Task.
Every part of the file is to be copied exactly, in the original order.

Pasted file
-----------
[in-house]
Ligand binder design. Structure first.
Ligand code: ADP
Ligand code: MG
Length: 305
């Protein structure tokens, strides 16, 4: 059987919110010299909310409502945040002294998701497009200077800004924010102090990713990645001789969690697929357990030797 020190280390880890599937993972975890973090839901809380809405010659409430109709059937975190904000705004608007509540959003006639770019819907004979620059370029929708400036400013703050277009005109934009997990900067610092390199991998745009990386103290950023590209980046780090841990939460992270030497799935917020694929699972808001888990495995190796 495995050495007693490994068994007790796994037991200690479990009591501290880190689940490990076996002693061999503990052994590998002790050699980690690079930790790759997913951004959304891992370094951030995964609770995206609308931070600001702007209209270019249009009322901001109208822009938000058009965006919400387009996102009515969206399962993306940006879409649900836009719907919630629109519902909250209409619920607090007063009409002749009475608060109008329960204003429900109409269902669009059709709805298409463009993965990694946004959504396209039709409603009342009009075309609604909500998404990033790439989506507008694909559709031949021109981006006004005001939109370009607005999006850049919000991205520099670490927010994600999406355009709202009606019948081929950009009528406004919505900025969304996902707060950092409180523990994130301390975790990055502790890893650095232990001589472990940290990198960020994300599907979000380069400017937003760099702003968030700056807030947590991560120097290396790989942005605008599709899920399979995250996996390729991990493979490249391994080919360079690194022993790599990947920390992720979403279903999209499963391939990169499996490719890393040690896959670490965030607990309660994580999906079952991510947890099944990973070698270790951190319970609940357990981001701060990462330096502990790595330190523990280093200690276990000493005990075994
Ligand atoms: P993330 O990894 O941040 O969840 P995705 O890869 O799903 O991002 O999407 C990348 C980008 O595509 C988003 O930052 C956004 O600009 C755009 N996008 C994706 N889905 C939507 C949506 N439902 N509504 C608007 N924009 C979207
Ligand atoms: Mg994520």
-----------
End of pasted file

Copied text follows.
[in-house]
Ligand binder design. Structure first.
Ligand code: ADP
Ligand code: MG
Length: 305
């Protein structure tokens, strides 16, 4: 059987919110010299909310409502945040002294998701497009200077800004924010102090990713990645001789969690697929357990030797 020190280390880890599937993972975890973090839901809380809405010659409430109709059937975190904000705004608007509540959003006639770019819907004979620059370029929708400036400013703050277009005109934009997990900067610092390199991998745009990386103290950023590209980046780090841990939460992270030497799935917020694929699972808001888990495995190796 495995050495007693490994068994007790796994037991200690479990009591501290880190689940490990076996002693061999503990052994590998002790050699980690690079930790790759997913951004959304891992370094951030995964609770995206609308931070600001702007209209270019249009009322901001109208822009938000058009965006919400387009996102009515969206399962993306940006879409649900836009719907919630629109519902909250209409619920607090007063009409002749009475608060109008329960204003429900109409269902669009059709709805298409463009993965990694946004959504396209039709409603009342009009075309609604909500998404990033790439989506507008694909559709031949021109981006006004005001939109370009607005999006850049919000991205520099670490927010994600999406355009709202009606019948081929950009009528406004919505900025969304996902707060950092409180523990994130301390975790990055502790890893650095232990001589472990940290990198960020994300599907979000380069400017937003760099702003968030700056807030947590991560120097290396790989942005605008599709899920399979995250996996390729991990493979490249391994080919360079690194022993790599990947920390992720979403279903999209499963391939990169499996490719890393040690896959670490965030607990309660994580999906079952991510947890099944990973070698270790951190319970609940357990981001701060990462330096502990790595330190523990280093200690276990000493005990075994
Ligand atoms: P993330 O990894 O941040 O969840 P995705 O890869 O799903 O991002 O999407 C990348 C980008 O595509 C988003 O930052 C956004 O600009 C755009 N996008 C994706 N889905 C939507 C949506 N439902 N509504 C608007 N924009 C979207
Ligand atoms: Mg994520």